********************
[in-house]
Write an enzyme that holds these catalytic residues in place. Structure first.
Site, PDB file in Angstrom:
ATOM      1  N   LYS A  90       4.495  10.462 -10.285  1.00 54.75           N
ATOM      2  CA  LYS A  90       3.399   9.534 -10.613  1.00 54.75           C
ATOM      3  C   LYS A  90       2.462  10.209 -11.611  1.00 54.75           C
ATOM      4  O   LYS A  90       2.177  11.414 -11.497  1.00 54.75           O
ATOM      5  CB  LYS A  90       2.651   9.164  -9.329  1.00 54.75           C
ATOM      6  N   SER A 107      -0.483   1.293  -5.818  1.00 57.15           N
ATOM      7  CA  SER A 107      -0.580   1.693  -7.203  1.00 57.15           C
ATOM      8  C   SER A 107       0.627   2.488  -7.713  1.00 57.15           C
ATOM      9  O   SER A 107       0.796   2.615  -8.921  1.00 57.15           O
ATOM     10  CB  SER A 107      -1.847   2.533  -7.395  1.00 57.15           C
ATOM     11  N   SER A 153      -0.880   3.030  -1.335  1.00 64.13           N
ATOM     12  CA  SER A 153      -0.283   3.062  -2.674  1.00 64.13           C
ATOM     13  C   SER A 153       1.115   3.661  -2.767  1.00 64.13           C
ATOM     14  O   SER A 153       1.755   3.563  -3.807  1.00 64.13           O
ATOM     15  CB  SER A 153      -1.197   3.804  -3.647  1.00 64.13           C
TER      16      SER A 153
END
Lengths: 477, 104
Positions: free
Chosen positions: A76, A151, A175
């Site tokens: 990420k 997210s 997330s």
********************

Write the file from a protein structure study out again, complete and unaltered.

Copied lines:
[in-house]
Write an enzyme that holds these catalytic residues in place. Structure first.
Site, PDB file in Angstrom:
ATOM      1  N   LYS A  90       4.495  10.462 -10.285  1.00 54.75           N
ATOM      2  CA  LYS A  90       3.399   9.534 -10.613  1.00 54.75           C
ATOM      3  C   LYS A  90       2.462  10.209 -11.611  1.00 54.75           C
ATOM      4  O   LYS A  90       2.177  11.414 -11.497  1.00 54.75           O
ATOM      5  CB  LYS A  90       2.651   9.164  -9.329  1.00 54.75           C
ATOM      6  N   SER A 107      -0.483   1.293  -5.818  1.00 57.15           N
ATOM      7  CA  SER A 107      -0.580   1.693  -7.203  1.00 57.15           C
ATOM      8  C   SER A 107       0.627   2.488  -7.713  1.00 57.15           C
ATOM      9  O   SER A 107       0.796   2.615  -8.921  1.00 57.15           O
ATOM     10  CB  SER A 107      -1.847   2.533  -7.395  1.00 57.15           C
ATOM     11  N   SER A 153      -0.880   3.030  -1.335  1.00 64.13           N
ATOM     12  CA  SER A 153      -0.283   3.062  -2.674  1.00 64.13           C
ATOM     13  C   SER A 153       1.115   3.661  -2.767  1.00 64.13           C
ATOM     14  O   SER A 153       1.755   3.563  -3.807  1.00 64.13           O
ATOM     15  CB  SER A 153      -1.197   3.804  -3.647  1.00 64.13           C
TER      16      SER A 153
END
Lengths: 477, 104
Positions: free
Chosen positions: A76, A151, A175
């Site tokens: 990420k 997210s 997330s």